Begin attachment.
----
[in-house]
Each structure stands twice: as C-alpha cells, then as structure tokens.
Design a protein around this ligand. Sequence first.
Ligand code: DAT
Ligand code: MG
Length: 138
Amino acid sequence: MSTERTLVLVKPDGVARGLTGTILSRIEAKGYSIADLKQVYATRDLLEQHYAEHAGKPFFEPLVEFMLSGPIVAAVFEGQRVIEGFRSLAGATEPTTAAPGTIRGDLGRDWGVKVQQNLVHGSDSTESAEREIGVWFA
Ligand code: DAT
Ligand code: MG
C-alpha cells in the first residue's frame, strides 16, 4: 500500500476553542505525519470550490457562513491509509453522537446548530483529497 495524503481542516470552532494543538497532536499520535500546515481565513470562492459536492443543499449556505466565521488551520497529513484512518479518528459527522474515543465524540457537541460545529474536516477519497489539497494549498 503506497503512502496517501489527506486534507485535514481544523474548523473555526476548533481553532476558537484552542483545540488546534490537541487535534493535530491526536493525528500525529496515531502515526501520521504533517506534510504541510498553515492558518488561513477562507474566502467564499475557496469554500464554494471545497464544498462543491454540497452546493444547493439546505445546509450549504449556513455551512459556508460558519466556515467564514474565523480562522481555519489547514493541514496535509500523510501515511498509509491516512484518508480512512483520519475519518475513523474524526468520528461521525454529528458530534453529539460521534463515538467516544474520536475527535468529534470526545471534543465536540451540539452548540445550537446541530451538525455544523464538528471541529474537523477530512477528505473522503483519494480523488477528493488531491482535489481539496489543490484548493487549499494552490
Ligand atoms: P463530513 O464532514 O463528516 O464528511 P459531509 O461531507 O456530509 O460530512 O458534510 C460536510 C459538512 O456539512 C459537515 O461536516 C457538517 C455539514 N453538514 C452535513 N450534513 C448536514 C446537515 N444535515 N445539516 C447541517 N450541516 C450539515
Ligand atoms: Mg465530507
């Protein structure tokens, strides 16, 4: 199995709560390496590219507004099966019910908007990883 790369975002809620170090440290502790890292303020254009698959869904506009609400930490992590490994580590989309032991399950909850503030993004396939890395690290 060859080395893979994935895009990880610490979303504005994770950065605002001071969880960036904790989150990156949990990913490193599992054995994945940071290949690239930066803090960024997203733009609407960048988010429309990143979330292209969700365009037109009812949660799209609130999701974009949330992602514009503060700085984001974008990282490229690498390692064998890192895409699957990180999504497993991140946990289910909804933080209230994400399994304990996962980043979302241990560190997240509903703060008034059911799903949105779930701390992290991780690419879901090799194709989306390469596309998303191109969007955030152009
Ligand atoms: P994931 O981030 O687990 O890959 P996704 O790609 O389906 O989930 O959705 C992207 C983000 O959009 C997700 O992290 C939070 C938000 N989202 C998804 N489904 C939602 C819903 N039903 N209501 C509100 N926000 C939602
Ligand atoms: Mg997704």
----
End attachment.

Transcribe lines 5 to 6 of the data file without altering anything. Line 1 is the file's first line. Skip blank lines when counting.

Ligand code: MG
Length: 138